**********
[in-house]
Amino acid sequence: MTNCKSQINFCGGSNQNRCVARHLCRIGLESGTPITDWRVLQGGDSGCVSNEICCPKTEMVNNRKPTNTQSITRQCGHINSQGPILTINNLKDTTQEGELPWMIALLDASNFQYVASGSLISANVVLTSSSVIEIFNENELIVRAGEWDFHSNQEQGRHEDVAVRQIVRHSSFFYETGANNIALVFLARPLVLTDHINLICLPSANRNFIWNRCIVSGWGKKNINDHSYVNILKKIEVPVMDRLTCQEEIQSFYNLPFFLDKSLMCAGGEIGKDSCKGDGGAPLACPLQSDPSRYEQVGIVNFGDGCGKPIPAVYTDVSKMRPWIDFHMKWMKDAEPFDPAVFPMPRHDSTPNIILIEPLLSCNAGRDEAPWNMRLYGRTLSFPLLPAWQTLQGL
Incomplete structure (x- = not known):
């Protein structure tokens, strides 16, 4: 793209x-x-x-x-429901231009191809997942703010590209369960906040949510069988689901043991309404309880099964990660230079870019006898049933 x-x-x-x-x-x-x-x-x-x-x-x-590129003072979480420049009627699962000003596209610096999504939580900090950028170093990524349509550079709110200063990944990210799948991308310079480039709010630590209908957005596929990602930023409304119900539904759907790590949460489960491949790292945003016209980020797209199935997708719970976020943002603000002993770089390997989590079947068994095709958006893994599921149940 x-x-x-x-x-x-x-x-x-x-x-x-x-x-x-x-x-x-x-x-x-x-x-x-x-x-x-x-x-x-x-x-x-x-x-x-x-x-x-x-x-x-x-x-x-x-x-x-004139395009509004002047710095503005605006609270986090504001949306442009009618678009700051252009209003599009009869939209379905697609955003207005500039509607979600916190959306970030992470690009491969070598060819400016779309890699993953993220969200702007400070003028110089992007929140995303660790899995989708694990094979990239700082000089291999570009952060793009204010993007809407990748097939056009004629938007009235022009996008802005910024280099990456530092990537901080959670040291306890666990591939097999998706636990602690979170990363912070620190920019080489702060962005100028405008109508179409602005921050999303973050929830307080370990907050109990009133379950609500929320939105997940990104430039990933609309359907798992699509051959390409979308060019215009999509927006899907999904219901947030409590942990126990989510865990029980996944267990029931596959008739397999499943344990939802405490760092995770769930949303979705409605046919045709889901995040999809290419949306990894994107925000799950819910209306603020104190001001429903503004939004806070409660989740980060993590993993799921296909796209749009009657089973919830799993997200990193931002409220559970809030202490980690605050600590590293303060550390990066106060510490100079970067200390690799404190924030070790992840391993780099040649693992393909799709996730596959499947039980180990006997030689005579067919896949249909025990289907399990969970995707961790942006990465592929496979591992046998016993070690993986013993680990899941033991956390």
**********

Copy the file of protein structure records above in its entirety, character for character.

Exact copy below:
[in-house]
Amino acid sequence: MTNCKSQINFCGGSNQNRCVARHLCRIGLESGTPITDWRVLQGGDSGCVSNEICCPKTEMVNNRKPTNTQSITRQCGHINSQGPILTINNLKDTTQEGELPWMIALLDASNFQYVASGSLISANVVLTSSSVIEIFNENELIVRAGEWDFHSNQEQGRHEDVAVRQIVRHSSFFYETGANNIALVFLARPLVLTDHINLICLPSANRNFIWNRCIVSGWGKKNINDHSYVNILKKIEVPVMDRLTCQEEIQSFYNLPFFLDKSLMCAGGEIGKDSCKGDGGAPLACPLQSDPSRYEQVGIVNFGDGCGKPIPAVYTDVSKMRPWIDFHMKWMKDAEPFDPAVFPMPRHDSTPNIILIEPLLSCNAGRDEAPWNMRLYGRTLSFPLLPAWQTLQGL
Incomplete structure (x- = not known):
């Protein structure tokens, strides 16, 4: 793209x-x-x-x-429901231009191809997942703010590209369960906040949510069988689901043991309404309880099964990660230079870019006898049933 x-x-x-x-x-x-x-x-x-x-x-x-590129003072979480420049009627699962000003596209610096999504939580900090950028170093990524349509550079709110200063990944990210799948991308310079480039709010630590209908957005596929990602930023409304119900539904759907790590949460489960491949790292945003016209980020797209199935997708719970976020943002603000002993770089390997989590079947068994095709958006893994599921149940 x-x-x-x-x-x-x-x-x-x-x-x-x-x-x-x-x-x-x-x-x-x-x-x-x-x-x-x-x-x-x-x-x-x-x-x-x-x-x-x-x-x-x-x-x-x-x-x-004139395009509004002047710095503005605006609270986090504001949306442009009618678009700051252009209003599009009869939209379905697609955003207005500039509607979600916190959306970030992470690009491969070598060819400016779309890699993953993220969200702007400070003028110089992007929140995303660790899995989708694990094979990239700082000089291999570009952060793009204010993007809407990748097939056009004629938007009235022009996008802005910024280099990456530092990537901080959670040291306890666990591939097999998706636990602690979170990363912070620190920019080489702060962005100028405008109508179409602005921050999303973050929830307080370990907050109990009133379950609500929320939105997940990104430039990933609309359907798992699509051959390409979308060019215009999509927006899907999904219901947030409590942990126990989510865990029980996944267990029931596959008739397999499943344990939802405490760092995770769930949303979705409605046919045709889901995040999809290419949306990894994107925000799950819910209306603020104190001001429903503004939004806070409660989740980060993590993993799921296909796209749009009657089973919830799993997200990193931002409220559970809030202490980690605050600590590293303060550390990066106060510490100079970067200390690799404190924030070790992840391993780099040649693992393909799709996730596959499947039980180990006997030689005579067919896949249909025990289907399990969970995707961790942006990465592929496979591992046998016993070690993986013993680990899941033991956390």